Gothic Holiday Exclusive Blogs

Poe-etic license…

by on May.03, 2011, under Gothic Holiday Exclusive Blogs

Poe-etic license…

Few names in literature evoke a mood quite like that of Edgar Allen Poe. While credited with creating detective fiction, Poe is much better known as the premier American author of the macabre. Lending to the air of mystery and imagination so richly threaded throughout his fictional tales are the actual events that make up one of the most intriguing biographical tales in literary history.

There is no small amount of reference material available when it comes to Poe. The details of his tortured life are fascinating reading material, and provide just as much entertainment as his written works, making him a popular catalyst for a number of unique projects throughout the years. Below is a small sampling of some of the more enjoyable Poe-inspired products to surface over recent years.

“Tales of Mystery and Imagination” The Alan Parsons Project
A concept album written by Eric Woolfson, this was to be the first studio album recorded by the Alan Parsons Project. Comprised of session musicians and all the members of 70s rock bands Pilot and Ambrosia, “Tales…” offers a roster of rock songs based on the writings of Poe and reached the Top 40 on Billboard’s Top 200 the year of its release.

“In the Shadow of Edgar Allan Poe” DC Comics/Vertigo
This 2002 release, written by Jonathan Scott Fuqua with photographic art by Stephen John Phillips and Steve Parke, is an inventive protrayal of the tormented author’s life. With chilling photographs that invoke the fear that Poe wrestled with, Park & Phillips break the traditional boundaries of framed panels and create a graphic novel that explodes with original, unforgettable visuals.

“Closed on Account of Rabies” Various Artists
A 2 CD set of poems and tales of Edgar Allen Poe as read by various artists and performers, such as Christopher Walken, Iggy Pop, Dr. John, Deborah Harry, Diamanda Galas and Marianne Faithfull, this collection is a nice alternative to the typical book-on-tape. Featuring striking album artwork by Ralph Steadman, this one is worth tracking down.

“Poe” Boom! Studios
A recently released alternate-history comic book series that places Poe in the role of detective on the trail of the killer of his policeman brother’s friend.

“Poe” Sirius Comics
Another comic book series, written and illustrated by Jason Asala. The popular 24-issie story also spawned a stylized resin model kit of the title character.

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Gothic Rose Antiques

by on May.02, 2011, under Gothic Holiday Exclusive Blogs

If your decorating tastes run to the darker side of life, then you will want to bookmark

An extensive selection of unique gothic and Victorian wares can be found on this lavishly designed site, sure to appeal to collectors of the macabre. A kind of “Curiosity Shop of Horrors”, Gothic Rose Antiques offers art, sculpture, ironwork, books, surgical and undertaker tools and mortuary decor. As their site claims, there is “a touch of Transylvania to be found here”.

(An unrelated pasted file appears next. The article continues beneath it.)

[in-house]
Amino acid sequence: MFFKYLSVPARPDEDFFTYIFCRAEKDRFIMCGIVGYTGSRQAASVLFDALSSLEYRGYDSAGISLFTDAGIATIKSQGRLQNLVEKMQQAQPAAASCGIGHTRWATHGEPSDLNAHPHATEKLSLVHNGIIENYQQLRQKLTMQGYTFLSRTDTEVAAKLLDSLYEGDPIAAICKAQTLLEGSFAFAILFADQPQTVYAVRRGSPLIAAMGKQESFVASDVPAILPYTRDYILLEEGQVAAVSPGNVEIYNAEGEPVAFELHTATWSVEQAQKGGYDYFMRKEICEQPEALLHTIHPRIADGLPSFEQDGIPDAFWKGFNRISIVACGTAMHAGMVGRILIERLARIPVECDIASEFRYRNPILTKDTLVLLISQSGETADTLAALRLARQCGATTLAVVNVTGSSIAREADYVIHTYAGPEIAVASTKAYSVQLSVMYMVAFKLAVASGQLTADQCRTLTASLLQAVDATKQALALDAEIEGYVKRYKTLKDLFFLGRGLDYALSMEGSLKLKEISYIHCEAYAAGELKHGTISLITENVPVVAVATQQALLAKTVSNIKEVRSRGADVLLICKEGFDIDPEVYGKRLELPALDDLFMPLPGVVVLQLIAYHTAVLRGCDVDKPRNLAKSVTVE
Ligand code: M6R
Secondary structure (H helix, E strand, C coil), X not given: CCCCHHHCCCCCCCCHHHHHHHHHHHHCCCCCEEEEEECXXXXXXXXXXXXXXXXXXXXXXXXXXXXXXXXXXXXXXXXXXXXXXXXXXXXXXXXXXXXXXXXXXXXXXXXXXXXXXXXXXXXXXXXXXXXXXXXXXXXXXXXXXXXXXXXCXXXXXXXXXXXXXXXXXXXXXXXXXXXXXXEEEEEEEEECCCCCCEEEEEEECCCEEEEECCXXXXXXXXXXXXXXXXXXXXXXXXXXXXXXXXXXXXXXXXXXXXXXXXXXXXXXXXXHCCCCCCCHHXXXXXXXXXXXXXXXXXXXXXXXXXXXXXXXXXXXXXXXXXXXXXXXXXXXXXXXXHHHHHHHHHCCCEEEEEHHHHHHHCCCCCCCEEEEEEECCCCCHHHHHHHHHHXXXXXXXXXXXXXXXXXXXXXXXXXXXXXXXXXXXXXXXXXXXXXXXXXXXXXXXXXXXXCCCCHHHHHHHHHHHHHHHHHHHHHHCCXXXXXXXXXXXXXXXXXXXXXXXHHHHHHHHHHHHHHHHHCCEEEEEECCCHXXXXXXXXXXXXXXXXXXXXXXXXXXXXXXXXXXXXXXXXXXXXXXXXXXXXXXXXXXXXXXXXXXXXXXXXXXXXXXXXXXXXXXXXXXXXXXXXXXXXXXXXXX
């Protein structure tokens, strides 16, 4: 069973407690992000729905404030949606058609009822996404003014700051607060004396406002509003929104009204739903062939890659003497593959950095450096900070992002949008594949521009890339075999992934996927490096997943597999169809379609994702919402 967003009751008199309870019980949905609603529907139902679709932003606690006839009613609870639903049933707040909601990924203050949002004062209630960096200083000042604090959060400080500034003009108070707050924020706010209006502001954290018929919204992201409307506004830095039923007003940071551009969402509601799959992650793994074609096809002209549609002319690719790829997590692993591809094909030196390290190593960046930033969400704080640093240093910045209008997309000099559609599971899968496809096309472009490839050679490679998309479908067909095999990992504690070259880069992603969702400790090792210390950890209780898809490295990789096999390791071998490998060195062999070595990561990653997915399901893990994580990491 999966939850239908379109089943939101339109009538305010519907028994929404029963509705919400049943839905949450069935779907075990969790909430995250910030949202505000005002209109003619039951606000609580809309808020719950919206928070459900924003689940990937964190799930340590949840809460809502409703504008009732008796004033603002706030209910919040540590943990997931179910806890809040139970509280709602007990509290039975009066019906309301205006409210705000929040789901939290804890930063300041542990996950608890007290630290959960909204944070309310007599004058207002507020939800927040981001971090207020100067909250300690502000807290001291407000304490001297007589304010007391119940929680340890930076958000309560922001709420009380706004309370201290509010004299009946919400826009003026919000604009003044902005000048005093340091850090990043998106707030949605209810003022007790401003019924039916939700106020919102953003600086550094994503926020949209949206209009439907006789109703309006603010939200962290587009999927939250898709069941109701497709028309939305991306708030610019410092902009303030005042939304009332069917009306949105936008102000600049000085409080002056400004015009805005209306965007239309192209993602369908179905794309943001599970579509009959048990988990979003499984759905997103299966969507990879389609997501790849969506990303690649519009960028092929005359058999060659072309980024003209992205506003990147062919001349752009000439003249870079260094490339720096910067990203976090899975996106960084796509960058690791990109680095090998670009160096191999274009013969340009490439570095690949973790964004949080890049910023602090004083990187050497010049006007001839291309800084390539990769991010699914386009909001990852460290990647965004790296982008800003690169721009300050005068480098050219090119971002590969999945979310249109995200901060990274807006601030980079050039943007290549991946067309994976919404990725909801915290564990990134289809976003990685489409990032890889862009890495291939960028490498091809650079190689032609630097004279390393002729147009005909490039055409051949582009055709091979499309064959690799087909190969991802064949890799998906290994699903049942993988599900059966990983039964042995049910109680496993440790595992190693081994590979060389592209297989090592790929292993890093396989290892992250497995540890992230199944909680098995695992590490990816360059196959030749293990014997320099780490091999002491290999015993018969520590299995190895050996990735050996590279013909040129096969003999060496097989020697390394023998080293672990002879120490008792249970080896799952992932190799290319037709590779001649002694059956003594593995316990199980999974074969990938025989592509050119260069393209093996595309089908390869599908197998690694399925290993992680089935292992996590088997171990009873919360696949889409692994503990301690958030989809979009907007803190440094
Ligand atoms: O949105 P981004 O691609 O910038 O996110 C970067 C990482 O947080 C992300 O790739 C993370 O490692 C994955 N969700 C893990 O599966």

Gothic Rose Antiques brick-and-mortar shop is located in Placerville, California, and features even more merchandise not found on their website.

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Halloween Nostalgia

by on Mar.16, 2011, under Gothic Holiday Exclusive Blogs, Halloween


Everything old is new again…

Nostalgia never seems to go out of style.

Words like retro and vintage get tossed around these days to describe a wide variety of things – from design to art to clothing to automobiles. Be it lava lamps or paisley shirts or bakelite radios or jet packs, there is an undeniable appeal to things that so easily spark our memories of what was, or what was one day to be. Something as simple as an old atomic clock can transport us to another time and place, when life seemed so simplistic and we knew exactly what we wanted to be when we grew up (rock star, thank you very much). Truth be told, however, in many cases we seem to fondly remember a past that never actually was, so much as was perceived. The promise of that bright future ahead was intoxicating at times – who didn’t long for the day when we could control our entire life from our wristwatch (granted, we do it from our phones now, but the allure was was very much the same)? I had already decided on the color and options of my flying car at a tender young age, yet I’ve yet to actually order it. Still, every time I see a set of fins on a car I find myself back in my room at age ten, scouring hot rod magazines by flashlight and plotting my midnight flight over the city in my Futuramobile 5000 (yeah, I named it as well). Nostalgia, it seems, is our purest form of magic – it transcends space and time with little to no effort.

Halloween decorations have that same affect on me. I doubt I’d ever be able to explain why vintage Halloween items excite me so – obviously I have an innate love of the season, but to this day no other holiday ephemera latches on to my spirit quite like the orange and black bric-a-brac of Halloweens gone by…